Rip-roaring costume romp Le Bossu made its cinematic bow in 1997 at a low point for swashbuckling films.
True, Richard Lester had given the form a satirical spin in the 1970s with his brace of movies based on Alexandre Dumas‘ Musketeer novels, but by the time Stephen Herek’s crass ‘Young Swords’ version of The Three Musketeers hit the screen like a wet slap in 1993, there didn’t appear to be any film-makers left standing who knew how to treat the genre with affection or respect.
In France, naturally, they do things differently, and veteran director Philippe de Broca‘s Le Bossu proved to be a thrilling throwback.
Unashamedly old-fashioned but hugely entertaining, de Broca’s film boasted a dashing hero, dastardly villain and winsome distressed damsel, not to mention a melodramatic plot, thrilling sword fights and high-spirited comedy – all the elements you need to fashion the perfect swashbuckler.
The source for these elements is a novel by one of Dumas’ younger contemporaries, Paul Féval. First published in 1875, Féval’s Le Bossu was a great hit in its day and has spawned over half a dozen screen adaptations.
De Broca’s version finds Daniel Auteuil in the heroic leading role. It’s Paris in 1699 and Auteuil’s Lagardère is a foundling who has grown up to become an expert swordsman thanks to his two mentors, a pair of fencing masters. His skill with a blade brings him into the orbit of an even finer swordsman, the gallant, insouciant, fabulously wealthy Duc de Nevers (Vincent Perez, perfectly cast), who has invented a sword thrust that is impossible to parry, the famous “botte de Nevers” – a nifty feat of legerdemain that climaxes with the blade piercing the victim’s skull between the eyes.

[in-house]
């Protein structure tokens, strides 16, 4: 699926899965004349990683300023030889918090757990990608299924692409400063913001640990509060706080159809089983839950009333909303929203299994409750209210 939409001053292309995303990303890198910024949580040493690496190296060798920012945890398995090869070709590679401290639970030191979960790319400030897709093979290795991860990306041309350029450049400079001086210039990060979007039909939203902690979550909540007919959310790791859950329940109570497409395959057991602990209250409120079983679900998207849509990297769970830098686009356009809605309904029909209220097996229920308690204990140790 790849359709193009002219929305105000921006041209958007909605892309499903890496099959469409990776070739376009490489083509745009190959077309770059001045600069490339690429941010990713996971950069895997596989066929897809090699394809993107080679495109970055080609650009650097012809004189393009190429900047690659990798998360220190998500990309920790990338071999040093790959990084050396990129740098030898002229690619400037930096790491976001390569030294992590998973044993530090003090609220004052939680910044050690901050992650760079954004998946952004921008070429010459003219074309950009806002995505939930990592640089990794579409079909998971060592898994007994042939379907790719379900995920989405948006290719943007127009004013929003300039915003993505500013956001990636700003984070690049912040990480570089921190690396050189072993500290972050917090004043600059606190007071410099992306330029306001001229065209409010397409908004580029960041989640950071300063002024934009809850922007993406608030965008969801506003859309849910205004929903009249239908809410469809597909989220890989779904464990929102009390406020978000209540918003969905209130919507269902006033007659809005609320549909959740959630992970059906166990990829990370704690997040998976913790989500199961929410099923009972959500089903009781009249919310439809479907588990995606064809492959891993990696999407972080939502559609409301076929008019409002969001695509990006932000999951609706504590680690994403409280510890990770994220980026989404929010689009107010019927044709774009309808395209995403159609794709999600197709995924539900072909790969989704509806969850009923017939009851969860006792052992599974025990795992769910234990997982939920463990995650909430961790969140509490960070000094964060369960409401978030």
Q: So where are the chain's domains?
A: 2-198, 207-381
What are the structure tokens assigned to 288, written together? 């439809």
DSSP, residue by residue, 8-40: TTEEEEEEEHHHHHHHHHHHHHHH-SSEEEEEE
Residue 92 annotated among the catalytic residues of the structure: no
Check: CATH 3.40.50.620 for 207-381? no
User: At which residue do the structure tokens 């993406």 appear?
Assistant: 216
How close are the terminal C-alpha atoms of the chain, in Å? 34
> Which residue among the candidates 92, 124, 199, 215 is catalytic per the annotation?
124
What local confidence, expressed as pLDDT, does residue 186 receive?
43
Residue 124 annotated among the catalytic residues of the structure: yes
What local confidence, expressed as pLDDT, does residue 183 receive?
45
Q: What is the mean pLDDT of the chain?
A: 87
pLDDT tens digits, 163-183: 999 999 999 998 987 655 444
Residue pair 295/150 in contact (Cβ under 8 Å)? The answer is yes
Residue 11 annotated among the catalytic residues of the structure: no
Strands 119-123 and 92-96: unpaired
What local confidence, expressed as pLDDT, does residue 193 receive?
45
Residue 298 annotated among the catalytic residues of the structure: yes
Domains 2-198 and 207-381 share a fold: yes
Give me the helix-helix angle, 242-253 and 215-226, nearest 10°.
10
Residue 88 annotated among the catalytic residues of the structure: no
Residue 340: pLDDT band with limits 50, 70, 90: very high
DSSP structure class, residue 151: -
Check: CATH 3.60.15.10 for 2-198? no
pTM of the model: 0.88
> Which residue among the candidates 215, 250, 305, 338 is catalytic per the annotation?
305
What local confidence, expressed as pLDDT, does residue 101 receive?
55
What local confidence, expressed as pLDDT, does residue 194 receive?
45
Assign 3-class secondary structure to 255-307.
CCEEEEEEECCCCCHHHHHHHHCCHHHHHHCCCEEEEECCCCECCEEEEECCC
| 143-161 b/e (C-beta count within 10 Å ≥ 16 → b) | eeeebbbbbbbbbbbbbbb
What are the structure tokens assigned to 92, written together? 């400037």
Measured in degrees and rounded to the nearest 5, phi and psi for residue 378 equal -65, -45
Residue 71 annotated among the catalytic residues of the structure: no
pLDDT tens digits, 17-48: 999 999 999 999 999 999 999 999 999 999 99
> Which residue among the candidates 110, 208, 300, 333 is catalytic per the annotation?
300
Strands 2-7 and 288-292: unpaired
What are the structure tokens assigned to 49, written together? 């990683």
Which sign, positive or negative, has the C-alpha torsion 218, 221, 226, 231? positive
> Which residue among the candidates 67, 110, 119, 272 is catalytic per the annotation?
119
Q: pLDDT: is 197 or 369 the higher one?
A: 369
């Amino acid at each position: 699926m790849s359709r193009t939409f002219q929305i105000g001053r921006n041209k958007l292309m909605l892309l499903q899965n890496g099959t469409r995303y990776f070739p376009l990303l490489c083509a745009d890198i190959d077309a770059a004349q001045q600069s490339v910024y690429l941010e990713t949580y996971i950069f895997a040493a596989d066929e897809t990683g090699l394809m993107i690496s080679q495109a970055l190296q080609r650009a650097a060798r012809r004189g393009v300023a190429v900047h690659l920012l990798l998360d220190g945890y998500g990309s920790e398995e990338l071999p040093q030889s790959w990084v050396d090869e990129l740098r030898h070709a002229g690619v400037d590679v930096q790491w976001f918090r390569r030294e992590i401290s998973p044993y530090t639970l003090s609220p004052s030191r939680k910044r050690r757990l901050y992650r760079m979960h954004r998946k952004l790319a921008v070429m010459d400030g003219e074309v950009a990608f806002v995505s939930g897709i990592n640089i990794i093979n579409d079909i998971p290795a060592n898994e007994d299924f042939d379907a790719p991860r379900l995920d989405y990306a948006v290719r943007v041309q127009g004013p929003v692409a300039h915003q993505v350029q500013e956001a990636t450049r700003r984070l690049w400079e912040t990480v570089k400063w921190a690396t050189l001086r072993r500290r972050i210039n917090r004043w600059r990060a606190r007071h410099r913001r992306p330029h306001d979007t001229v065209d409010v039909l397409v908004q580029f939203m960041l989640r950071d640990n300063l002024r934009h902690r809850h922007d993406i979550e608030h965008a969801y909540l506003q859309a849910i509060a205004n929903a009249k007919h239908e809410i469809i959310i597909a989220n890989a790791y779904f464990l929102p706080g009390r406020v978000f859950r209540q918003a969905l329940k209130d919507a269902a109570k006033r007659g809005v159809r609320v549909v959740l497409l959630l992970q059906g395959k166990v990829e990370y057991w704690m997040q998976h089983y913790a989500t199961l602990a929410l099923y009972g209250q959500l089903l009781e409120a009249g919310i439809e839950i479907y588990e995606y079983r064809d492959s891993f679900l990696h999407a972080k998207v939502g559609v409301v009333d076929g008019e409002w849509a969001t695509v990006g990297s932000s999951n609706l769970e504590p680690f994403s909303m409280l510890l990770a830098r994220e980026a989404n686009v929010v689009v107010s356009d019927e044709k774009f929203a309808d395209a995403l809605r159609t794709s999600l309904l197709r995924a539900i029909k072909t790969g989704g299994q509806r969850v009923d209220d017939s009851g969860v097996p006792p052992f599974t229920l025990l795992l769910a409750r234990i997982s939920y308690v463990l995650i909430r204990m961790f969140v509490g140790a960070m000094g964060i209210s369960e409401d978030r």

Nevers, however, has an evil, scheming cousin, Gonzague (Fabrice Luchini, delightfully slimy), who is desperate to inherit the duke’s fortune and has hidden from him the fact that his aristocratic lover, Blanche (Claire Nebout), has borne him a child, a daughter called Aurore. Learning of the baby’s existence, Nevers enlists Lagardère’s aid and sets off with him to the castle of Caylus in South-west France to marry Blanche.
Thanks to Gonzague’s machinations, tragedy intervenes and Lagardere is left to raise and protect Aurore as his own daughter. Sixteen years pass, time that the pair spend in the company of a troupe of Italian travelling players and during which Aurore grows into the lissome Marie Gillain. Then the troupe’s peregrinations take them to the outskirts of Paris and Lagardère sees an opportunity to strike back at the duplicitous Gonzague.
His plan requires him to invent a new identity, to become le bossu of the title – the hunchback. And it sees the return of the fabled “Nevers thrust”…
As adroit and artful as his hero, de Broca gets the tone of Le Bossu perfectly right – romantic, thrilling and with a sense of fun that never slips into parody or self-mockery.
Since the original release of Le Bossu, swashbucklers have come back in vogue thanks to the phenomenal success of the Pirates of the Caribbean movies, but de Broca’s film has a charm and a panache that I suspect will outlive its brasher successors.
Released on DVD by Second Sight.